by Robert J. Hughes
The couturier Madame Grès said throughout her long life (1903-1993) that she had wanted to be a sculptor. It's fitting, then, that an absorbing and lovely show of her creations "Madame Grès – La Couture à L'Oeuvre," the first retrospective of her work, is on display (through July 24) at the Musée Bourdelle. This small gem near the Gare Montparnasse is made up of sculptor Antoine Bourdelle's house, studio and garden where he worked from 1884 to his death in 1929.
On display here are many of Bourdelle's sculptures – often inspired by Greek and Roman myth – including a dynamic one of Hercules the Archer. Madame Grès herself was famously influenced by the draping of dress from antiquity, and so her beautiful and even timeless clothes nestle neatly among the sometimes-kitsch mythological renderings of Bourdelle. Madame Grès had a style that was decidedly not oversized, unlike Bourdelle's – but her nevertheless glamorous dresses and gowns look great in the rooms of this museum. Sometimes an atelier of Bourdelle will have one Grès dress amid a roomful of busts and torsos and statues and maquettes. The Grès looks like a refreshing pause amid the busy products of Bourdelle's fervid sculptural imagination.
(Image: Cecil Beaton- circa 1965. Portrait de Madame Grès. Photo Osenat)
Germaine Émilie Krebs took the name Madame Grès as a partial anagram of her husband's first name and her own. She dressed many fashionable women, including Marlene Dietrich, Greta Garbo and Jacqueline Kennedy, and her style was a mix of the austere – a draping that clung to the body – and opulent – silk and rich artificial fabrics that had a luxurious and elegant feel. Her clothes looked like money – as couture should – but also looked eminently wearable and comfortable and practical – as couture often doesn't.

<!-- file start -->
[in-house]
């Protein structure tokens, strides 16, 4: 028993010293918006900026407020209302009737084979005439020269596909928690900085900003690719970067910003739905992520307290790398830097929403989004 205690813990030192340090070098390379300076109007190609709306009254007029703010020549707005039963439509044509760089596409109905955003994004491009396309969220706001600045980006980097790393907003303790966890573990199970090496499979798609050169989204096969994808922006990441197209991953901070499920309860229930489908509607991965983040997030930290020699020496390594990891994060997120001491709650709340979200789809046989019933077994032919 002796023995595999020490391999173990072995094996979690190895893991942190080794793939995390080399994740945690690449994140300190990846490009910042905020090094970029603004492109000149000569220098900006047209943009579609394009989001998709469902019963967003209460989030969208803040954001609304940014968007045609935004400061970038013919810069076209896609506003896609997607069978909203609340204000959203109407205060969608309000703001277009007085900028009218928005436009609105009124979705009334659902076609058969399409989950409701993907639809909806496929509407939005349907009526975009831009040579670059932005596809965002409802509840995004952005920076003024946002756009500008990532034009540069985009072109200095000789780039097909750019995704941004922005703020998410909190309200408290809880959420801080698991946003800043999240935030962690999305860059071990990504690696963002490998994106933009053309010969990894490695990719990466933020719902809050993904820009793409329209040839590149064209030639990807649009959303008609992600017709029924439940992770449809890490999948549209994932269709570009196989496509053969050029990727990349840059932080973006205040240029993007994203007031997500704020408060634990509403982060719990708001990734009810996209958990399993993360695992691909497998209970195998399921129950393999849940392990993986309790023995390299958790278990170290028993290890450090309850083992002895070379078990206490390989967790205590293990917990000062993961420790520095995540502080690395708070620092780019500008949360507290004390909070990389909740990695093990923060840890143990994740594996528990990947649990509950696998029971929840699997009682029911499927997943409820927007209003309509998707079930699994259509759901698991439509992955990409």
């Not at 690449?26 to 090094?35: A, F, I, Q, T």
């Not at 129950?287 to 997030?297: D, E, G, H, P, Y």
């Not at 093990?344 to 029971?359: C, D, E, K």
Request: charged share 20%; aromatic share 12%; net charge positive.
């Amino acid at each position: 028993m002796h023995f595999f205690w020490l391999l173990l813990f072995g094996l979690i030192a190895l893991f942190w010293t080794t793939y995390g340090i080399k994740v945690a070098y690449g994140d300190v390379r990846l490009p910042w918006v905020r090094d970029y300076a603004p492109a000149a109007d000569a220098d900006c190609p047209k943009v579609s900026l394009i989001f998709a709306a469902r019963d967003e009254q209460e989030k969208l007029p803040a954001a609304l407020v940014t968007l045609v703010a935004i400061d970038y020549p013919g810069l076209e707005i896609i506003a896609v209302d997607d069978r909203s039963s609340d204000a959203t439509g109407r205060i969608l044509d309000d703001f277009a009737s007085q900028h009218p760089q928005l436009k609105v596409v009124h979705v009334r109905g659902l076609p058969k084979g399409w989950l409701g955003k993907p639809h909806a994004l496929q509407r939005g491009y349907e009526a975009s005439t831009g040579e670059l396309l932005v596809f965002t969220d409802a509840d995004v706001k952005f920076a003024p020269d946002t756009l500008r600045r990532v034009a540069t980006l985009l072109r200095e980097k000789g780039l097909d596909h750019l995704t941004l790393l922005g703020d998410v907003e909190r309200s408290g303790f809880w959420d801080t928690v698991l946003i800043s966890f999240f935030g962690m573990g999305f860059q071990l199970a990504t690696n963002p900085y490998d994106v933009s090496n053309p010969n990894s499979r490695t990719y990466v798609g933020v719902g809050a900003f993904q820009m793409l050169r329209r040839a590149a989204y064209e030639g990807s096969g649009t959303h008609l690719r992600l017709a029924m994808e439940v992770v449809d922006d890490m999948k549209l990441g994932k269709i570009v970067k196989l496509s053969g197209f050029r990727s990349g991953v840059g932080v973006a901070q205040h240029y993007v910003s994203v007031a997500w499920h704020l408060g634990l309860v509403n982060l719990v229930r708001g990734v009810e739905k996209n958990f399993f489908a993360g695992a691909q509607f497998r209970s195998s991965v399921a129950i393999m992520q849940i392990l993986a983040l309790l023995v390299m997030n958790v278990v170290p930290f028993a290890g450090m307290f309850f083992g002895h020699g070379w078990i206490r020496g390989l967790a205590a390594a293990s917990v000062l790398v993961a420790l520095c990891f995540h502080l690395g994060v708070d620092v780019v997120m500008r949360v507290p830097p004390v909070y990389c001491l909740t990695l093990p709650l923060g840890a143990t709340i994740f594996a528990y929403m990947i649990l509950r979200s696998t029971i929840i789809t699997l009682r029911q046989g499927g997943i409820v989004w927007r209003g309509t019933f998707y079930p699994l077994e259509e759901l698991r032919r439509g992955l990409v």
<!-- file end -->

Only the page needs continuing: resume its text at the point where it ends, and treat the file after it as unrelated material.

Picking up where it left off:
You can see Madame Grès' sculptural background in her almost-classical deification, so to speak, of the female body. The clothes have a purity of line that must have taken great concentration to achieve. How do you create a dress that's wearable, that follows and accentuates the graceful curves of a woman's body yet makes a statement in itself, of well-being, self-possession and elegance? The clothes evoke Diana the Huntress and the Winged Victory of Samothrace while seeming at the same time eminently modern.
Madame Grès' clothes – she worked from the 1930s until the end of the 1980s – reflect their eras, but many of them could be worn today. That's no small accomplishment. Coco Chanel managed this, as did Yves Saint Laurent, Dior and Givenchy at their best. Madame Grès isn't as known as these designers, perhaps because she worked in a similar vein through her lengthy career, always refining, always creating simplicity out of quite complicated underlying designs, often asymmetrical. The draping that went into creating these Grecian or Roman-style bodices and skirts was nevertheless a noteworthy achievement; they could easily have looked puffy or mannered or out-of-control, but instead they seem like the distillation of a classical ideal.
Grès designed dresses for day and evening mainly in sober colors – black, ivory, ecru, gray – evoking the alabaster and faded colors of classical statuary. Sometimes she showed a gown or dress in yellows or oranges or greens, but these bursts of autumn or summer or spring were rare. Grès trusted the long line of her clothes to highlight the woman, rather than using colors to do so.
It's remarkable how much variety she was able to achieve within a rather narrow arsenal of shapes that interested her and a concentration on the folds and tucks derived from designs of millennia ago. Yet you didn't get the impression that she was repeating herself. Like the Italian painter Giorgio Morandi whose still-lifes explored different shapes with an ever-growing clarity and soberness, Madame Grès kept stripping away, refining, getting to the essence of what she wanted, which was to show off women's bodies in the most flattering and intelligent way.
The show hasn't attracted the long lines and fashion-industry buzz that the Yves Saint-Laurent show did last year at the Petit Palais here. But the people who were peering intently at the clothes, at Madame Grès' lovely drawings for her works, or at the fifty or so fashion photographs of her dresses from the decades of her career, seemed to be serious fashion insiders rather than aflitting fashionista crowd. We can probably expect collections inspired by Madame Grès in the next few years. Which isn't a bad thing. Madame Grès worked. She didn't move in society, she didn't publicize herself, she didn't live a public life. She lived for her designs, and that devotion to her art – for it is an art – showed in dresses and gowns that sought to elevate the human form while paying attention to its humanity.
--Robert J. Hughes, writer living in Paris
(Images: courtesy of rightful owners amd Musee Bourdelle, Paris)